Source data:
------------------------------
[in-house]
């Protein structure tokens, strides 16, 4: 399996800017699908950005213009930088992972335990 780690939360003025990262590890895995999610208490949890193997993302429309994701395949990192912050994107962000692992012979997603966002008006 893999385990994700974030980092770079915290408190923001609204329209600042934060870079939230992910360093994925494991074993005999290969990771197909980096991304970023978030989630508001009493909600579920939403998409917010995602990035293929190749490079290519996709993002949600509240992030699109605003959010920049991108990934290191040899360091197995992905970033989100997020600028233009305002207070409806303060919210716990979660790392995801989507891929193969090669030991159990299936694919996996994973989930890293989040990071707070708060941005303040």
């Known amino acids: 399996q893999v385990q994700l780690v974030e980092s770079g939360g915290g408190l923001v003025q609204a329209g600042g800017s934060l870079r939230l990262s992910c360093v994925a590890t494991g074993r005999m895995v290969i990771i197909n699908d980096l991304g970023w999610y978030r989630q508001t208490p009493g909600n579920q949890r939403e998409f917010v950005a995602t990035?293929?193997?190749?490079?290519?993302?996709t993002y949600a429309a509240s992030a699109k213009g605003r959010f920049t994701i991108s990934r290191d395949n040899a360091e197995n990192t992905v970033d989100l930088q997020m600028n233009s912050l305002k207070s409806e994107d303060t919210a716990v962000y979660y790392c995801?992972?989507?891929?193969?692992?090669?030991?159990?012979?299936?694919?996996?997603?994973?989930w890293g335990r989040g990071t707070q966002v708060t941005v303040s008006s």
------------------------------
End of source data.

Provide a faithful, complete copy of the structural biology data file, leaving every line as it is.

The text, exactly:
[in-house]
């Protein structure tokens, strides 16, 4: 399996800017699908950005213009930088992972335990 780690939360003025990262590890895995999610208490949890193997993302429309994701395949990192912050994107962000692992012979997603966002008006 893999385990994700974030980092770079915290408190923001609204329209600042934060870079939230992910360093994925494991074993005999290969990771197909980096991304970023978030989630508001009493909600579920939403998409917010995602990035293929190749490079290519996709993002949600509240992030699109605003959010920049991108990934290191040899360091197995992905970033989100997020600028233009305002207070409806303060919210716990979660790392995801989507891929193969090669030991159990299936694919996996994973989930890293989040990071707070708060941005303040």
């Known amino acids: 399996q893999v385990q994700l780690v974030e980092s770079g939360g915290g408190l923001v003025q609204a329209g600042g800017s934060l870079r939230l990262s992910c360093v994925a590890t494991g074993r005999m895995v290969i990771i197909n699908d980096l991304g970023w999610y978030r989630q508001t208490p009493g909600n579920q949890r939403e998409f917010v950005a995602t990035?293929?193997?190749?490079?290519?993302?996709t993002y949600a429309a509240s992030a699109k213009g605003r959010f920049t994701i991108s990934r290191d395949n040899a360091e197995n990192t992905v970033d989100l930088q997020m600028n233009s912050l305002k207070s409806e994107d303060t919210a716990v962000y979660y790392c995801?992972?989507?891929?193969?692992?090669?030991?159990?012979?299936?694919?996996?997603?994973?989930w890293g335990r989040g990071t707070q966002v708060t941005v303040s008006s």